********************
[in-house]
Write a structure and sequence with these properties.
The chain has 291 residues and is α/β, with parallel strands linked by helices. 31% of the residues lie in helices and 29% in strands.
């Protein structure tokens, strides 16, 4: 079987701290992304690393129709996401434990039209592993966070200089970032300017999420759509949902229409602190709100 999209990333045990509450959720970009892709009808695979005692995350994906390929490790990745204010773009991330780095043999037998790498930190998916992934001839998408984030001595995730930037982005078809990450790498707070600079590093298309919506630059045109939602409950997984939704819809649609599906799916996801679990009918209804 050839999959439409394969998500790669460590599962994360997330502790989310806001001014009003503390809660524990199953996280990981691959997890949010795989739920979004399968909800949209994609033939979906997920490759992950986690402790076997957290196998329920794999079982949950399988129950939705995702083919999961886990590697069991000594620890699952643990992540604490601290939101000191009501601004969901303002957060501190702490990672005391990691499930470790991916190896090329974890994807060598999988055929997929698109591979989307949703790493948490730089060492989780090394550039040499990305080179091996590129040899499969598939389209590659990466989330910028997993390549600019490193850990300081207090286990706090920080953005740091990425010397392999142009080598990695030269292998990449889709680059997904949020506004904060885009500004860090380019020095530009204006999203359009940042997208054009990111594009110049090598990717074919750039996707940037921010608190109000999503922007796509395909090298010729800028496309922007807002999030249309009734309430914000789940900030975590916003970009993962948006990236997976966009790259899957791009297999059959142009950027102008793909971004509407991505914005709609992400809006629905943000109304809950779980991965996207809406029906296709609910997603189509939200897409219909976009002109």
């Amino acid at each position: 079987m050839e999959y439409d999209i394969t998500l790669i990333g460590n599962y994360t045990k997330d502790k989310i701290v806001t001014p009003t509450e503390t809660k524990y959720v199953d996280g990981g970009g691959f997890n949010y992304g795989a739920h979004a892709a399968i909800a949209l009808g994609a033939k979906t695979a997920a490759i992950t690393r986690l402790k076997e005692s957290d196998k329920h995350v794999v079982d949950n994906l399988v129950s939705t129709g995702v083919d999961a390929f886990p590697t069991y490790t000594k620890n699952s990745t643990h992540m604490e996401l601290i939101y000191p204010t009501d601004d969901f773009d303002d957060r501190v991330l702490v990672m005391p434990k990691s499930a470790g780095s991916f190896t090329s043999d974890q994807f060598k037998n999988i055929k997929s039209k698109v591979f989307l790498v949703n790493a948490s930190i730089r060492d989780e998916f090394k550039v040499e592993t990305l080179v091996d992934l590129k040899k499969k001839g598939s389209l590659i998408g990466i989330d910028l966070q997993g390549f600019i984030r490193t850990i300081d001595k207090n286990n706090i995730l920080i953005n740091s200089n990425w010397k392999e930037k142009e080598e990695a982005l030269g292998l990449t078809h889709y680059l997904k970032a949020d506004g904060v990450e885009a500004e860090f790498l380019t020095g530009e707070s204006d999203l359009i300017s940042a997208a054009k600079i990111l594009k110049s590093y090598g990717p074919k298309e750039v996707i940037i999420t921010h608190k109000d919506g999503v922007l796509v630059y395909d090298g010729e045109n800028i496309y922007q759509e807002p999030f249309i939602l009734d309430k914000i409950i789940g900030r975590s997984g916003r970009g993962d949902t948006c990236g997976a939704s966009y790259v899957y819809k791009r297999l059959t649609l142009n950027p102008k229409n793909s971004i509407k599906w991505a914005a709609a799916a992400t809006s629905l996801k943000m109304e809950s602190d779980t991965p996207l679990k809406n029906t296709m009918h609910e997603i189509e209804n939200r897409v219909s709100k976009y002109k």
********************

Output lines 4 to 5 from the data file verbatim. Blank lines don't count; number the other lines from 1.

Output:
């Protein structure tokens, strides 16, 4: 079987701290992304690393129709996401434990039209592993966070200089970032300017999420759509949902229409602190709100 999209990333045990509450959720970009892709009808695979005692995350994906390929490790990745204010773009991330780095043999037998790498930190998916992934001839998408984030001595995730930037982005078809990450790498707070600079590093298309919506630059045109939602409950997984939704819809649609599906799916996801679990009918209804 050839999959439409394969998500790669460590599962994360997330502790989310806001001014009003503390809660524990199953996280990981691959997890949010795989739920979004399968909800949209994609033939979906997920490759992950986690402790076997957290196998329920794999079982949950399988129950939705995702083919999961886990590697069991000594620890699952643990992540604490601290939101000191009501601004969901303002957060501190702490990672005391990691499930470790991916190896090329974890994807060598999988055929997929698109591979989307949703790493948490730089060492989780090394550039040499990305080179091996590129040899499969598939389209590659990466989330910028997993390549600019490193850990300081207090286990706090920080953005740091990425010397392999142009080598990695030269292998990449889709680059997904949020506004904060885009500004860090380019020095530009204006999203359009940042997208054009990111594009110049090598990717074919750039996707940037921010608190109000999503922007796509395909090298010729800028496309922007807002999030249309009734309430914000789940900030975590916003970009993962948006990236997976966009790259899957791009297999059959142009950027102008793909971004509407991505914005709609992400809006629905943000109304809950779980991965996207809406029906296709609910997603189509939200897409219909976009002109």
């Amino acid at each position: 079987m050839e999959y439409d999209i394969t998500l790669i990333g460590n599962y994360t045990k997330d502790k989310i701290v806001t001014p009003t509450e503390t809660k524990y959720v199953d996280g990981g970009g691959f997890n949010y992304g795989a739920h979004a892709a399968i909800a949209l009808g994609a033939k979906t695979a997920a490759i992950t690393r986690l402790k076997e005692s957290d196998k329920h995350v794999v079982d949950n994906l399988v129950s939705t129709g995702v083919d999961a390929f886990p590697t069991y490790t000594k620890n699952s990745t643990h992540m604490e996401l601290i939101y000191p204010t009501d601004d969901f773009d303002d957060r501190v991330l702490v990672m005391p434990k990691s499930a470790g780095s991916f190896t090329s043999d974890q994807f060598k037998n999988i055929k997929s039209k698109v591979f989307l790498v949703n790493a948490s930190i730089r060492d989780e998916f090394k550039v040499e592993t990305l080179v091996d992934l590129k040899k499969k001839g598939s389209l590659i998408g990466i989330d910028l966070q997993g390549f600019i984030r490193t850990i300081d001595k207090n286990n706090i995730l920080i953005n740091s200089n990425w010397k392999e930037k142009e080598e990695a982005l030269g292998l990449t078809h889709y680059l997904k970032a949020d506004g904060v990450e885009a500004e860090f790498l380019t020095g530009e707070s204006d999203l359009i300017s940042a997208a054009k600079i990111l594009k110049s590093y090598g990717p074919k298309e750039v996707i940037i999420t921010h608190k109000d919506g999503v922007l796509v630059y395909d090298g010729e045109n800028i496309y922007q759509e807002p999030f249309i939602l009734d309430k914000i409950i789940g900030r975590s997984g916003r970009g993962d949902t948006c990236g997976a939704s966009y790259v899957y819809k791009r297999l059959t649609l142009n950027p102008k229409n793909s971004i509407k599906w991505a914005a709609a799916a992400t809006s629905l996801k943000m109304e809950s602190d779980t991965p996207l679990k809406n029906t296709m009918h609910e997603i189509e209804n939200r897409v219909s709100k976009y002109k």